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Installed Wind Power in the USA Grew by 45% in 2007


Alt Dot Energy
January 19, 2008


U.S. wind power grew 45% in 2007, the sharpest rise since the 1980s, as developers responded to a
federal tax credit, a growing number of state renewable energy mandates and
global warming concerns, the American Wind Energy Association said Thursday.

The industry installed 5,244 megawatts in 2007, accounting for 30% of all new
electricity-generating capacity, the AWEA says. That’s more than double the
largest amount ever added and enough to power 1.5 million homes, says AWEA
Executive Director Randall Swisher. U.S. wind power had been annually growing an
average 30% the previous five years, he says.

“I think it signifies that wind will be an increasingly significant contributor
to our electricity supply system,” Swisher says, predicting that wind could
provide 20% of U.S. power by 2020.

Wind now generates more than 1% of U.S. electricity, the AWEA says. That far
surpasses other renewable energies — such as solar and biomass — except for
large hydroelectric projects. The USA has been the world leader in wind energy
growth the past three years, though the nation still trails Germany in total wind power.

Texas, by far, added the most wind capacity, at 1,618 megawatts, followed by
Colorado, Illinois, Oregon and Minnesota, the AWEA says.

The main reason for the robust growth is a federal tax credit of 2 cents per
kilowatt hour of energy produced, says analyst Stow Walker of Cambridge Energy
Research Associates. The tax credit lowers a developer’s costs to about 7 cents
per kilowatt hour, placing wind costs on par with coal-fired plants.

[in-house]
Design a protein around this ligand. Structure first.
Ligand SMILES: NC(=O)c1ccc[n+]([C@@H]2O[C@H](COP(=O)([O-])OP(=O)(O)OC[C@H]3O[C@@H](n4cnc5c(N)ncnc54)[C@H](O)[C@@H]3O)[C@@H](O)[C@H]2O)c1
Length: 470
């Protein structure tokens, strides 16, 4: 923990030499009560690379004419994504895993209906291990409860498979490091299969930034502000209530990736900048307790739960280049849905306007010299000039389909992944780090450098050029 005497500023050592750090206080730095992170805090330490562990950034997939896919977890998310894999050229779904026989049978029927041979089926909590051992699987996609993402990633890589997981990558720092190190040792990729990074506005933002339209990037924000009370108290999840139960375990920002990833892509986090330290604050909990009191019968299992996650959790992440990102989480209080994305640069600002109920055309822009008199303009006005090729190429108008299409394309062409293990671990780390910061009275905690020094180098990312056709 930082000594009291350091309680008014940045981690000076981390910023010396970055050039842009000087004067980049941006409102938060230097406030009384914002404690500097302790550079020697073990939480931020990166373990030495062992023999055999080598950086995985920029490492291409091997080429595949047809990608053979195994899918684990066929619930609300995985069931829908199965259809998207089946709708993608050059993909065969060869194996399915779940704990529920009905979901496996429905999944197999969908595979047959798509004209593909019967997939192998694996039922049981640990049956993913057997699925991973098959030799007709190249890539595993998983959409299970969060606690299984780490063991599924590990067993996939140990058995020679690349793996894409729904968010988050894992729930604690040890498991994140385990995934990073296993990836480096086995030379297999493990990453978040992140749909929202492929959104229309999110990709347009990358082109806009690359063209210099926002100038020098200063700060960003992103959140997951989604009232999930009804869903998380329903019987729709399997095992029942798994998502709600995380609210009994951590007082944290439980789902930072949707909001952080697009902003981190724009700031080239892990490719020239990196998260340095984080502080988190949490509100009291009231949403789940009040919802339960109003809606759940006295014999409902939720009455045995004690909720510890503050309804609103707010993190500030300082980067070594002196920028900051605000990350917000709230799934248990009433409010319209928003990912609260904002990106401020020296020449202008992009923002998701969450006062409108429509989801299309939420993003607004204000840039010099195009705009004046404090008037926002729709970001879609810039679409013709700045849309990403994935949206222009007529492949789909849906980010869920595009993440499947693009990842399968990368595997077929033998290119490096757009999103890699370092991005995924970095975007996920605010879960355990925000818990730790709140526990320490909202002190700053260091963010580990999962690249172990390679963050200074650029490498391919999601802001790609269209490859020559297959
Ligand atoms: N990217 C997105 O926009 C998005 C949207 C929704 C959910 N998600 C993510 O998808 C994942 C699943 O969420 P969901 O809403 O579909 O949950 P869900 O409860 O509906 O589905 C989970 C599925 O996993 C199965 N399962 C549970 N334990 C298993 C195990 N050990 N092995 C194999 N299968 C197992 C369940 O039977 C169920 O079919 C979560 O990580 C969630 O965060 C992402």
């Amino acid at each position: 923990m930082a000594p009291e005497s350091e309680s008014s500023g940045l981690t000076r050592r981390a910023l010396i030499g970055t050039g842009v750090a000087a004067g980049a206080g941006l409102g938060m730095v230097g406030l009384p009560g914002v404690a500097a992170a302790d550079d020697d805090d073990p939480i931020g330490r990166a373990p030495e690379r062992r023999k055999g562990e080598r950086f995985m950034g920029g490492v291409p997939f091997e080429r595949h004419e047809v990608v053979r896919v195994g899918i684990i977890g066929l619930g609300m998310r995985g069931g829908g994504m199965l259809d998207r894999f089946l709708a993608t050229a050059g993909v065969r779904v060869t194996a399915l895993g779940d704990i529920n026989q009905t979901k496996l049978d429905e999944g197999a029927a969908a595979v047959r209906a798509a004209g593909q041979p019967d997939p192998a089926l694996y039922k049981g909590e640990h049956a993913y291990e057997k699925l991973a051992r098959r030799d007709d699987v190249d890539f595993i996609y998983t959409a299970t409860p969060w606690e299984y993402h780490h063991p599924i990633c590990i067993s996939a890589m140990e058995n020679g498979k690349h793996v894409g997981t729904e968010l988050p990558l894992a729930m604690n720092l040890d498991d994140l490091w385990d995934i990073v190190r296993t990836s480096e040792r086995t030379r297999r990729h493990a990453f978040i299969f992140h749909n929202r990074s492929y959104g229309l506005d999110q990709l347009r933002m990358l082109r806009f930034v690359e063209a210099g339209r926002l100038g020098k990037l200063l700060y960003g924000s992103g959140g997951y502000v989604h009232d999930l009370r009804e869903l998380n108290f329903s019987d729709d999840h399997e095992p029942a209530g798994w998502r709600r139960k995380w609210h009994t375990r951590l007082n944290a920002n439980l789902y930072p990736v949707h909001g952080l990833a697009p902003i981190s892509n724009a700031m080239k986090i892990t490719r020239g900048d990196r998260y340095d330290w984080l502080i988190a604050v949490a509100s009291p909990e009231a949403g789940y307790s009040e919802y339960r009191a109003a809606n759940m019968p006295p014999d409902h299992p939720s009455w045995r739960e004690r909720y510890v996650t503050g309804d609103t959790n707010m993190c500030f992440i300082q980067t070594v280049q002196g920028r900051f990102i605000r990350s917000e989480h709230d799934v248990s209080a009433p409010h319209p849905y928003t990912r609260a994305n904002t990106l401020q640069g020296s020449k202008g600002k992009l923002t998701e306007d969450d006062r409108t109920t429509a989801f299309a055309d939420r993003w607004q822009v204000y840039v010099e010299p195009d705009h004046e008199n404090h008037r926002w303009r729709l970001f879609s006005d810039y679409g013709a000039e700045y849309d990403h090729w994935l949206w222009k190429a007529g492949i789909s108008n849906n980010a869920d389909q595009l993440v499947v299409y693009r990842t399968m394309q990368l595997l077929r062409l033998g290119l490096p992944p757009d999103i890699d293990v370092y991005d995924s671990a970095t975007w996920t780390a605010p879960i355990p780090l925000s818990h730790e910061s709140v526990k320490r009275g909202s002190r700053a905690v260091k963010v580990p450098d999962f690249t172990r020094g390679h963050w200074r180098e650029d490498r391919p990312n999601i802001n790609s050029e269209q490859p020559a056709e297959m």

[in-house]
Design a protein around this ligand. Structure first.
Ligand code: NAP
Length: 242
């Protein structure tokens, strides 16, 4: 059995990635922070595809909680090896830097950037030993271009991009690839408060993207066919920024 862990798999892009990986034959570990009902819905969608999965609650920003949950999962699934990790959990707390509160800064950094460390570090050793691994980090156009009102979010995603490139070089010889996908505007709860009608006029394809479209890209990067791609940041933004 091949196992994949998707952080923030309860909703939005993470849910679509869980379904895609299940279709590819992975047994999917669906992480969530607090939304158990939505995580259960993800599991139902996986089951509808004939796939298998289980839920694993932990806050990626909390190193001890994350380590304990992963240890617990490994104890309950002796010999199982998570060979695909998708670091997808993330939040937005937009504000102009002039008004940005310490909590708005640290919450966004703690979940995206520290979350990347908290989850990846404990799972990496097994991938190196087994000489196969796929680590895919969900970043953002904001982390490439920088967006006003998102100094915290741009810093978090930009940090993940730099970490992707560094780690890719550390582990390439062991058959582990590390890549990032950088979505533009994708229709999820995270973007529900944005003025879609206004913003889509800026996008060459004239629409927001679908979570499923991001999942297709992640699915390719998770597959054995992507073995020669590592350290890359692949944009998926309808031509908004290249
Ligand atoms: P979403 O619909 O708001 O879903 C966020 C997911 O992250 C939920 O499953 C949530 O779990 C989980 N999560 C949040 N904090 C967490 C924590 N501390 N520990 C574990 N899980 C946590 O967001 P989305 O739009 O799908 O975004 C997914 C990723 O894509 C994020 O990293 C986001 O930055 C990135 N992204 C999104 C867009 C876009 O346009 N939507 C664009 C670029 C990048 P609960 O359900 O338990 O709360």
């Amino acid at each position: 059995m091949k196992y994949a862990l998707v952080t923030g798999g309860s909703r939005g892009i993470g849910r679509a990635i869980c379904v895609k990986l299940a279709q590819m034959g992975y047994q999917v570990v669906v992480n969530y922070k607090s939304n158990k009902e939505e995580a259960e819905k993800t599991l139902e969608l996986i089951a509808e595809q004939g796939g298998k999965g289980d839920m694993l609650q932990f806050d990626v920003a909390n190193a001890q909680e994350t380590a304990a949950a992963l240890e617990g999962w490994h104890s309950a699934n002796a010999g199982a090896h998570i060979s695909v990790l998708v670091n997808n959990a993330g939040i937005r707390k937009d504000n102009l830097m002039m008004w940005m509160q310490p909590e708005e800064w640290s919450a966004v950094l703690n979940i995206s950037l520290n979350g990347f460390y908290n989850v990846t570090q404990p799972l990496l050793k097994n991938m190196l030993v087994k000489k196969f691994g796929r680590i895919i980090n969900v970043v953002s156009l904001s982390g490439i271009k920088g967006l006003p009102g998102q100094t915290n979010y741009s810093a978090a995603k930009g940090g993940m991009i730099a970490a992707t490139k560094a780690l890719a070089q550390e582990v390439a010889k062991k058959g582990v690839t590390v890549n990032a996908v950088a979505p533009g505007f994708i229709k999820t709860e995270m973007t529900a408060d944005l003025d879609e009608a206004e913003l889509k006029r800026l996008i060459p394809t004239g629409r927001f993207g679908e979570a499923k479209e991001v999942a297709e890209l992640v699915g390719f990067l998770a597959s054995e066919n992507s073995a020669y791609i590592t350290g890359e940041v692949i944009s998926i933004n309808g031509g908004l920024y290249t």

Congress approved the tax credit in the 2005 energy bill, and it expires at the
end of 2008. The three-year window has given turbine manufacturers confidence in
a sustained market for their products, Swisher says.

By contrast, previous tax credits for wind power expired after a year, creating
a boom-and-bust cycle from 1999 to 2004. Although a proposal to further extend
the tax credit was ultimately left out of the energy bill that Congress passed
last month, Walker predicts lawmakers will extend the credit before it expires.
“Congress doesn’t want a lack of confidence in the industry just as it’s getting so big,” he says.

Another factor pushing wind development is that 29 states now require utilities
to include a percentage of renewable energy in the mix of power they generate
and buy. A growing number of states also are adopting plans to reduce emissions
of greenhouse gases, such as carbon dioxide, that cause global warming.

Although wind power should continue to increase sharply in coming years, growth
could be somewhat constrained in the near term. Manufacturers are sold out for
this year as torrid worldwide wind power growth has created a wind turbine
shortage, Swisher and Walker say. The crunch, though, will likely be
short-lived: Developers opened or announced at least 14 new turbine plants in
the USA last year.

Also, with wind farms often located in rural reaches of states such as Texas and
Iowa, wind developers increasingly face a lack of transmission lines to
transport the electricity to population centers, Walker says.

 

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